This one started out kind of slow. The first 1/4 of the book seemed like background setup and character development (which is ok, but not what I usually expect from Patterson). Once new murders started and the flashback scenes began, the pace picked up. I wasn’t sure who the killer was – I knew who they wanted me to think was the killer and who I wanted to be the killer, but I didn’t know the truth until the very end. That part was kind of fun. There were a couple of twists I didn’t see coming, and some I saw way before Detective Jenna Murphy did, but I guess I actually did have more information to work with.
If you like twisty serial killer stories, this is a good one.
First, pets go missing, and then a child is killed. Twelve-year-old Penny and her friends hear the gossip about Caleb and they, like all the parents, think he is the killer. After all, he terrorized the town before he was sent away and now he is back.
The story was okay. The characters don’t have a lot of depth and Caleb is basically just a shadow of evil. The final reveal is a bit of a stretch. But it was a quick read with some twists and creepy moments. It’s aimed at middle-grade readers and I think that age group would enjoy it.
This was my head start read. I was so excited that I finished it before the week even ended. I read it for the Murder Most Foul square.
An exciting crime thriller with detectives that have psychic abilities. The plot had some unexpected twists and left the killer’s identity hidden until near the end of the book. The methods of killing are particularly gruesome and frightening, including a timed guillotine, drowning in a tank that fills slowly and being buried alive.
This is the first in a series of books with the Special Crimes Unit (a special group within the FBI of detectives with psychic abilities). It seems like each book follows a different special agent.
Sleep is a luxury whose price is security. Those who can shut the world out and leave it at will are usually blessed by a world that doesn’t want to shut them up.
– Chapter 20
A group of boarders living in a run-down apartment house; they all have secrets, that’s why they ended up there. But one of them has a darker and more dangerous secret – one of them is a killer.
This is a dark story filled with danger and suspense. The characters are well-developed and engaging. It was easy enough to figure out who was the killer, but the end was a bit unexpected. There is some pretty gruesome stuff in here – if you are squeamish, you might want to avoid it. However, if you liked Wicked Girls by Marwood, you will probably enjoy this one.
Clare jolts upright, her hand at her mouth to stifle a scream.
– first sentence
Clare goes undercover at a home that provides shelter to women who are trying to escape domestic violence to help find a missing mother and her son. Clare escaped her own abusive husband in Still Mine (the first book by author Amy Stuart). I didn’t read Still Mine, and I only picked up this book because I was stuck going to a water park with no physical book to read (I was afraid to get my iPad wet or not be able to see the screen in the sun). Anyway, I grabbed this book at Target because the cover was pretty and it wasn’t too long.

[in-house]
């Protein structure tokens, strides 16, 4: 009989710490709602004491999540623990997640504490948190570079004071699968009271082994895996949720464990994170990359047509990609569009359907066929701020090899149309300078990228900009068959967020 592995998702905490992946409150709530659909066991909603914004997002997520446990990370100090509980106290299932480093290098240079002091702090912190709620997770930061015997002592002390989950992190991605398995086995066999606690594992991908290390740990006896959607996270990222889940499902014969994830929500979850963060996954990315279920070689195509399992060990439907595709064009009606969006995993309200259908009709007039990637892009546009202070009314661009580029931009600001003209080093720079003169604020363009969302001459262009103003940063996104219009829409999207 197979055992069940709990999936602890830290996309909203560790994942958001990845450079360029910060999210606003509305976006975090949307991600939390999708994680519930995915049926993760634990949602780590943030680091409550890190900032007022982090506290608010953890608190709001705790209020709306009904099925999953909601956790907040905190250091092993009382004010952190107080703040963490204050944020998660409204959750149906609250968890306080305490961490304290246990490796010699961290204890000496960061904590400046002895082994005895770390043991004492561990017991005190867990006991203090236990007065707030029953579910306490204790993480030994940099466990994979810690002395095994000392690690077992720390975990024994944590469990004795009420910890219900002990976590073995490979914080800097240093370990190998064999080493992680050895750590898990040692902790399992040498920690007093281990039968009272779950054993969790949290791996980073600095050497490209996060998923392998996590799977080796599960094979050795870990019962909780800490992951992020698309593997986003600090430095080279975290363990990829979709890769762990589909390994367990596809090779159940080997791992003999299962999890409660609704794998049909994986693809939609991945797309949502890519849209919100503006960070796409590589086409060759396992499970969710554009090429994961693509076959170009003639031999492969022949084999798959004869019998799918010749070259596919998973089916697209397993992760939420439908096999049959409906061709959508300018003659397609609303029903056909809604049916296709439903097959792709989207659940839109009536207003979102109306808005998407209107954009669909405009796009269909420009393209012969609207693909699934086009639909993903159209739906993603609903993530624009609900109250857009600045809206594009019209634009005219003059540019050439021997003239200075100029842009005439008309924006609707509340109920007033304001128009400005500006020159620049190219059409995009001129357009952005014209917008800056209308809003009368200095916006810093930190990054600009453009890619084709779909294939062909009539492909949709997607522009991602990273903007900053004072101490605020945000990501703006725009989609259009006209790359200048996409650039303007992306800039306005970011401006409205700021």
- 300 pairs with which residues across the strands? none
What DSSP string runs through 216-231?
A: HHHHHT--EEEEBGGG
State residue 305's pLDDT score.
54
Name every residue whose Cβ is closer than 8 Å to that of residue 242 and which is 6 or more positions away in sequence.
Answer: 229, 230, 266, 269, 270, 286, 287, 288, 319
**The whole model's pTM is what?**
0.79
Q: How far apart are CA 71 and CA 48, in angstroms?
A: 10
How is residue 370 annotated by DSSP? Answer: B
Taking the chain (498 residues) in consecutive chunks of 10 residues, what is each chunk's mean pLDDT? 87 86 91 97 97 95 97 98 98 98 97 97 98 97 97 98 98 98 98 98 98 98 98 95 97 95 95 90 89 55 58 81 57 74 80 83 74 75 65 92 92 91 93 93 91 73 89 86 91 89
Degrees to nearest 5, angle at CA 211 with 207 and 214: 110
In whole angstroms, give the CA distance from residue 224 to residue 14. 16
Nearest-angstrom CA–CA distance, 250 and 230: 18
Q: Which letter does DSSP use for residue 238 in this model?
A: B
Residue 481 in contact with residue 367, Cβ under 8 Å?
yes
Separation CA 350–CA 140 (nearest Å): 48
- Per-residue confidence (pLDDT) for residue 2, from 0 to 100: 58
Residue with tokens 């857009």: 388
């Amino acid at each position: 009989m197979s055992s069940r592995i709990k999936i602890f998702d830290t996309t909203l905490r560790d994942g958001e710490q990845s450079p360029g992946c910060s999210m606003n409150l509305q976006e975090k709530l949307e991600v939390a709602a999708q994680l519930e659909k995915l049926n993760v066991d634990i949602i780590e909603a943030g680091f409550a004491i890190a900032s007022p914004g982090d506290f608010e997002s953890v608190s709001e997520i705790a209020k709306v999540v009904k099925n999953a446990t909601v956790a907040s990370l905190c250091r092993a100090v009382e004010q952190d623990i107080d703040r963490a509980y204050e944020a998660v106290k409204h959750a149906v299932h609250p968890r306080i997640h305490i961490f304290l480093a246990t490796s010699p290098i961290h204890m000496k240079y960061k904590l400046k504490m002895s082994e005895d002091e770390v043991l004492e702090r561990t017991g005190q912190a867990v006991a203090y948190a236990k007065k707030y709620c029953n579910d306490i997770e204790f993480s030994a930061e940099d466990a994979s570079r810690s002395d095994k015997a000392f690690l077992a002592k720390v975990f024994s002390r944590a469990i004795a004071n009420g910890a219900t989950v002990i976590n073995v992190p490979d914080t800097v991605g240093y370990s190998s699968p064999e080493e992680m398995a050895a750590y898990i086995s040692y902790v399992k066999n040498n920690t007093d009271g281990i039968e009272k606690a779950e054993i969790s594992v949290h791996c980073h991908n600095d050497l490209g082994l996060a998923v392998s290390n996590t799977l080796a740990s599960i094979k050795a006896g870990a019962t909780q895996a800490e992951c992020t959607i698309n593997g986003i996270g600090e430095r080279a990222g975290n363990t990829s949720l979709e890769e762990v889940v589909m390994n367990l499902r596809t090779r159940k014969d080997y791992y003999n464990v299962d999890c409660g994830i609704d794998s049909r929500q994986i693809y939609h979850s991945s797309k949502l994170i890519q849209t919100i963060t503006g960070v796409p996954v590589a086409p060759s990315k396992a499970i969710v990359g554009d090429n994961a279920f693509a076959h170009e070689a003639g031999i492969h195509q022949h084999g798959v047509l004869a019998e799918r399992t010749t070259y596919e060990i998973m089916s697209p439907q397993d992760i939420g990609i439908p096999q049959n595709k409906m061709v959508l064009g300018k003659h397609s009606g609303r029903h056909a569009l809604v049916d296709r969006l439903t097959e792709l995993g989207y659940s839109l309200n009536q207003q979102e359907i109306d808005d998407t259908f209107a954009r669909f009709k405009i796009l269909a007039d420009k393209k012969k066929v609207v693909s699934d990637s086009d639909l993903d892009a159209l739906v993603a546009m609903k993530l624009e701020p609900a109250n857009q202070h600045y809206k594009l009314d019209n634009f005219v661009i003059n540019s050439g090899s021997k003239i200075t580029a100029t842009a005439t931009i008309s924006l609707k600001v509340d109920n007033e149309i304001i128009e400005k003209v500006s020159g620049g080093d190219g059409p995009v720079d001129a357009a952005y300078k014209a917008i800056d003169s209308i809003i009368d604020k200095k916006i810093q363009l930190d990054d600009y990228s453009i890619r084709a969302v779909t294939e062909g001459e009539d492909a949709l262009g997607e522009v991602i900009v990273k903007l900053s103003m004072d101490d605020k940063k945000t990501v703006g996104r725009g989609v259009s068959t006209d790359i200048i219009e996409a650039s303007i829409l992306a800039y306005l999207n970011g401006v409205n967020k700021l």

The book was just meh. I didn’t connect with any of the characters, including Clare. Everyone is hiding something, but Clare never seems to figure much out – people just end up confessing or revealing each other’s secrets. When the final reveal came, I was unimpressed. Maybe I would have liked it better if I read the first book…
Bill, Holly, and Jerome are all back and so is Brady. Despite traumatic brain injuries and spending the past 5 years in a vegetative state (or maybe because of it), Brady has developed deadly mental powers. He can take over other people’s bodies (and minds) and use them to do his bidding. He wants revenge, not only on Bill but on the entire city. Brady was dangerous enough walking around, but now he is even worse, especially because no one thinks he is capable of doing anything.
The thing I loved best about this book is the focus on Brady’s paranormal abilities. Compared to the other two books in the series (which I enjoyed btw), this book more closely resembled King’s previous works of supernatural suspense. This was an amazing end to a surprisingly good series.
I read a few other reviews that complained about the book being unrealistic and not providing a believable explanation for Brady’s abilities. Being a huge Stephen King fan, I am thrilled with Brady’s powers and I definitely wasn’t looking for realism in this book. King’s ability to take typically benign things/people/animals and turn them into supernaturally terrifying threats is part of his charm. I loved this book and highly recommend it.
The red sun balances on the highest ramparts of the mountains, and in its waning light, the foothills appear to be ablaze.
– first sentence
Chyna is a psychology student sleeping at her friend’s house when she hears a noise in the middle of the night. A serial killer is in the house and Chyna manages to evade him by hiding under the bed. Through a series of unusual choices and coincidences, Chyna ends up hiding in the back of the motorhome driven by the killer.
The story is tense and frightening. Chyna makes some stupid choices, but all in the name of saving another girl who is also the killer’s prisoner. It is a bit predictable, but still entertaining.